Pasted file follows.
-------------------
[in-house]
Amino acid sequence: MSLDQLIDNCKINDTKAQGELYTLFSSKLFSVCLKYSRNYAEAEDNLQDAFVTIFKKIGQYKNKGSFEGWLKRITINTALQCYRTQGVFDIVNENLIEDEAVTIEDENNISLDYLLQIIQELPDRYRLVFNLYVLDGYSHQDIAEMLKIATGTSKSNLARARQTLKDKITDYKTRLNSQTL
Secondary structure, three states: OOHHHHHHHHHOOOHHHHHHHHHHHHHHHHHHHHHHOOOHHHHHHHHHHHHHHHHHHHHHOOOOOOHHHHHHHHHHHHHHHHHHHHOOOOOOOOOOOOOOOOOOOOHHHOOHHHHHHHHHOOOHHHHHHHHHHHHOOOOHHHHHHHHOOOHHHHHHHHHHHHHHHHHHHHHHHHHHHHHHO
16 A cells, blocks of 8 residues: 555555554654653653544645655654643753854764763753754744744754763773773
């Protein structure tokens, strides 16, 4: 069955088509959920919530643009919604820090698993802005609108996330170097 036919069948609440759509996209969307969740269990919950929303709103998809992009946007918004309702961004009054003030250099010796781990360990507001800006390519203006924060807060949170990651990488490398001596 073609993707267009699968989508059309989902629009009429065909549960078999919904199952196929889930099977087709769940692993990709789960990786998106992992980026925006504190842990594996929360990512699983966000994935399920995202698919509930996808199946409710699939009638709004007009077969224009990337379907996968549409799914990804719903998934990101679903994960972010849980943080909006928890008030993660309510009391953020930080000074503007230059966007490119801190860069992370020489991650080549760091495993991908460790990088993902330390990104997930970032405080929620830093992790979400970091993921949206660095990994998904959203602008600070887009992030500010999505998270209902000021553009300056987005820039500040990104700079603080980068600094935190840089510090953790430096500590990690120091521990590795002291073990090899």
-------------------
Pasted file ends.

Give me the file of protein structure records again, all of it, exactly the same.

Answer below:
[in-house]
Amino acid sequence: MSLDQLIDNCKINDTKAQGELYTLFSSKLFSVCLKYSRNYAEAEDNLQDAFVTIFKKIGQYKNKGSFEGWLKRITINTALQCYRTQGVFDIVNENLIEDEAVTIEDENNISLDYLLQIIQELPDRYRLVFNLYVLDGYSHQDIAEMLKIATGTSKSNLARARQTLKDKITDYKTRLNSQTL
Secondary structure, three states: OOHHHHHHHHHOOOHHHHHHHHHHHHHHHHHHHHHHOOOHHHHHHHHHHHHHHHHHHHHHOOOOOOHHHHHHHHHHHHHHHHHHHHOOOOOOOOOOOOOOOOOOOOHHHOOHHHHHHHHHOOOHHHHHHHHHHHHOOOOHHHHHHHHOOOHHHHHHHHHHHHHHHHHHHHHHHHHHHHHHO
16 A cells, blocks of 8 residues: 555555554654653653544645655654643753854764763753754744744754763773773
């Protein structure tokens, strides 16, 4: 069955088509959920919530643009919604820090698993802005609108996330170097 036919069948609440759509996209969307969740269990919950929303709103998809992009946007918004309702961004009054003030250099010796781990360990507001800006390519203006924060807060949170990651990488490398001596 073609993707267009699968989508059309989902629009009429065909549960078999919904199952196929889930099977087709769940692993990709789960990786998106992992980026925006504190842990594996929360990512699983966000994935399920995202698919509930996808199946409710699939009638709004007009077969224009990337379907996968549409799914990804719903998934990101679903994960972010849980943080909006928890008030993660309510009391953020930080000074503007230059966007490119801190860069992370020489991650080549760091495993991908460790990088993902330390990104997930970032405080929620830093992790979400970091993921949206660095990994998904959203602008600070887009992030500010999505998270209902000021553009300056987005820039500040990104700079603080980068600094935190840089510090953790430096500590990690120091521990590795002291073990090899």